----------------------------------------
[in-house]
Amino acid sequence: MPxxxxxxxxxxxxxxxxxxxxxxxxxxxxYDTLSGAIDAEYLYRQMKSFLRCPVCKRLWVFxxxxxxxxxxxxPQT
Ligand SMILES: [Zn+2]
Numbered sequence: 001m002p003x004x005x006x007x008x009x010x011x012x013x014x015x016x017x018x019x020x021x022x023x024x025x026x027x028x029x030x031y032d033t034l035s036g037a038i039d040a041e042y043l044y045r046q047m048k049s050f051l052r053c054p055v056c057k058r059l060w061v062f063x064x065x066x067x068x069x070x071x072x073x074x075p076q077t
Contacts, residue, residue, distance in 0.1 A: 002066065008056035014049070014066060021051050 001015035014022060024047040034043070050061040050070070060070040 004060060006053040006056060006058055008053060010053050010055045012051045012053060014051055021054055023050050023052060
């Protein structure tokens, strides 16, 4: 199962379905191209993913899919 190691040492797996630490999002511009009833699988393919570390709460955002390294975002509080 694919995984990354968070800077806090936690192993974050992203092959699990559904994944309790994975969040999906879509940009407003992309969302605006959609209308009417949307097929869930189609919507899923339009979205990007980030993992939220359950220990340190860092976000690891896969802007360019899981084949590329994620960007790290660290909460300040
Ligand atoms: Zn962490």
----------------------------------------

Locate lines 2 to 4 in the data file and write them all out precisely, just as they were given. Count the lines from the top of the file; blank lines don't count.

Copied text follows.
Amino acid sequence: MPxxxxxxxxxxxxxxxxxxxxxxxxxxxxYDTLSGAIDAEYLYRQMKSFLRCPVCKRLWVFxxxxxxxxxxxxPQT
Ligand SMILES: [Zn+2]
Numbered sequence: 001m002p003x004x005x006x007x008x009x010x011x012x013x014x015x016x017x018x019x020x021x022x023x024x025x026x027x028x029x030x031y032d033t034l035s036g037a038i039d040a041e042y043l044y045r046q047m048k049s050f051l052r053c054p055v056c057k058r059l060w061v062f063x064x065x066x067x068x069x070x071x072x073x074x075p076q077t